A federal judge ruled yesterday that Harvard University was within its rights to turn up the lights in Sanders Theater and end an employee's performance while he was nude and having intercourse with a sex doll on stage and a video played showing him ejaculating in the doll's mouth, all somehow connected to his argument that Jewish circumcision is evil.
US District Court Judge Richard Stearns ruled that Eric Clopper, at the time a Harvard IT worker who had rented the theater for a night, had no case: Harvard didn't interfere with his First Amendment rights because it was not acting on behalf of any government entity to end his performance before he could deliver his "final message" and he showed no proof that Harvard and the Harvard Crimson, which wrote about the case, had engaged in any sort of conspiracy, let alone one controlled by the Jews, to squelch him.
Harvard's subsequent decision to fire him - which meant he could no longer get into a Harvard IT graduate program - was also legal because he had an "at will" contract, which meant the school could fire him over the performance, during which he threw dollar bills at the audience and yelled that the Jews "can keep their money."
Stearns wrote he agreed with Harvard the issue was not Clopper's feelings about circumcision and the Jews - Clopper claims he wasn't being antisemitic because he's a Jew himself - so much as it was his decision to disregard theater management's warnings about nudity and show up on stage naked towards the end of his two-hour diatribe about the religious practice.
Even assuming arguendo that plaintiff's nude performance is entitled to some measure of protection under the First Amendment (which the court doubts), plaintiff nonetheless has failed to state a claim for relief under federal or state law. The Complaint does not, for example, allege that Harvard acted under color of state law, as required by the Federal Civil Rights Act, 42 U.S.C. s. 1983; nor does it plausibly suggest that Harvard used threats, intimidation, or coercion to achieve any alleged interference with his rights, as required by the Massachusetts Civil Rights Act, M.G.L. ch. 12, ss. 11H, 11I.
The court also dismisses plaintiff's contract-based claims ... Plaintiff does not identify any provision in the Sanders Theatre contract entitling him to perform nude. Indeed, he appears to concede that the Sanders Theatre contract contains a provision expressly prohibiting nudity in performances. He also does not explain how his termination, even if premised on the content of his performance, breached any employment agreement with the university. Plaintiff, after all, was an at-will employee and, subject to certain exceptions which plaintiff does not assert here, could be terminated at any time "for almost any reason or for no reason at all." See Jackson v. Action for Bos. Cmty. Dev., Inc., 403 Mass. 8, 9 (1988).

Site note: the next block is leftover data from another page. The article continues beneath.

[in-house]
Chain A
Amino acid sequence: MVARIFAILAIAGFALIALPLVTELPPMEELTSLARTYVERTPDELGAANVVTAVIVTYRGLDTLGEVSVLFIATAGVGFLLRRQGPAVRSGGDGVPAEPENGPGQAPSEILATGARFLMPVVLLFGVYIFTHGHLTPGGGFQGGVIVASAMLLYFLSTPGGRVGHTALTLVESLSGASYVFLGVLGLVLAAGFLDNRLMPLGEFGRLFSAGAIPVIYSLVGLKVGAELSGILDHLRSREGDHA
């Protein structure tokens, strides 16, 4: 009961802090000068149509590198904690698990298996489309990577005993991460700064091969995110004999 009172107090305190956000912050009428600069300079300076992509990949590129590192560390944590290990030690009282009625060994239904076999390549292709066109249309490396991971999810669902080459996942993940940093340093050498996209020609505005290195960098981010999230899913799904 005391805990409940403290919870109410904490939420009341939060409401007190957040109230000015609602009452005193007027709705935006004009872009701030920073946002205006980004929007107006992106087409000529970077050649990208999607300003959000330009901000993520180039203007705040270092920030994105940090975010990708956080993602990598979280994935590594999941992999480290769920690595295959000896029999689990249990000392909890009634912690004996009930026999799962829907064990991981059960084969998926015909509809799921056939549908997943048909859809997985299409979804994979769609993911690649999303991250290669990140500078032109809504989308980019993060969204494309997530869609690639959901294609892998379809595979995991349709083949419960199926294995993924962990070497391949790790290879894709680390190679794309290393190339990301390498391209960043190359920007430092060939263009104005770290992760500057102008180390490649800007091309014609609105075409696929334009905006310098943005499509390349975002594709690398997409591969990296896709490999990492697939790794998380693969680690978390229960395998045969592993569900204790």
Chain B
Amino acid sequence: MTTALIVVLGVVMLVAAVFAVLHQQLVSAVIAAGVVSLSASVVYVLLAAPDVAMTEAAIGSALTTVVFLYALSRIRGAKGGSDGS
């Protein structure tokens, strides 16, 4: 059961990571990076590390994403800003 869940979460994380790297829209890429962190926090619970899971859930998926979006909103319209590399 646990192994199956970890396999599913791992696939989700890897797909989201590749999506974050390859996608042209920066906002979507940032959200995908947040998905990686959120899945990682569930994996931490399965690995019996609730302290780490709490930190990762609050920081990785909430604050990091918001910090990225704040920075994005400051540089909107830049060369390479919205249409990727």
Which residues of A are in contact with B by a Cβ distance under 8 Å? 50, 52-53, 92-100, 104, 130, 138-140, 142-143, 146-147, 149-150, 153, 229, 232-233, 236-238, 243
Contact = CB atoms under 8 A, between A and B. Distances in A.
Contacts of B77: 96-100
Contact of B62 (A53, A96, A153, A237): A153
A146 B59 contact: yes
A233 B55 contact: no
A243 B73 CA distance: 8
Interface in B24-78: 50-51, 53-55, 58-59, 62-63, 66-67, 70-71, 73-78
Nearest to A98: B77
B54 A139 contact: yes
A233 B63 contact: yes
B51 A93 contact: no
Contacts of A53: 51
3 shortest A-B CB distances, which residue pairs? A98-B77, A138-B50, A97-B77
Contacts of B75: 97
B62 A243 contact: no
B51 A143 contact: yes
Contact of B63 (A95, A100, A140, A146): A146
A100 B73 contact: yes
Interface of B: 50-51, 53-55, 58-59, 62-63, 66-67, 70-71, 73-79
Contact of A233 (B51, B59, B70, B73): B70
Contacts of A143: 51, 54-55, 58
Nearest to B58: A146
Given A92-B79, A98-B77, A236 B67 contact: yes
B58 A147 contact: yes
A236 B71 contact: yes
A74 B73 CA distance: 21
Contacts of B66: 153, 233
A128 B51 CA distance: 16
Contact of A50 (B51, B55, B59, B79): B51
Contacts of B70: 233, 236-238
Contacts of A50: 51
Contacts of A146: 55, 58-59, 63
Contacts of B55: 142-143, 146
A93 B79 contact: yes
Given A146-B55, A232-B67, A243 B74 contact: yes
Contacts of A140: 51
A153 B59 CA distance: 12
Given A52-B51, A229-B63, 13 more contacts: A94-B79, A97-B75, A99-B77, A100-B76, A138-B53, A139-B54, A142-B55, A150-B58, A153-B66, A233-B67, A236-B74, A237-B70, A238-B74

In its explanation for seeking dismissal, Harvard said Sanders Theatre management was only seeking to comply with a Cambridge city ordinance banning nude performances. Harvard said managers felt compelled to warn Clopper before the performance after seeing he had produced a poster advertising the show that included a photo of him naked, but with a "censor bar" covering his genitals, and after learning he had advertised the play by having people walked around Harvard Yard in "inflatable penis costumes."
Harvard claimed Clopper had said before the show that he would abide by the ban.
As part of its arguments, Harvard submitted video of the performance to the court. However, Stearns agreed with the school to seal the submission from the public because, as Harvard argued, "the video files contain nudity and potentially obscene matter that are not appropriate for filing on the public docket."
Stearns did not dismiss Clopper's suit against the Crimson; Clopper has until Oct. 26 to argue against the paper's motion to have his case against it thrown out as well.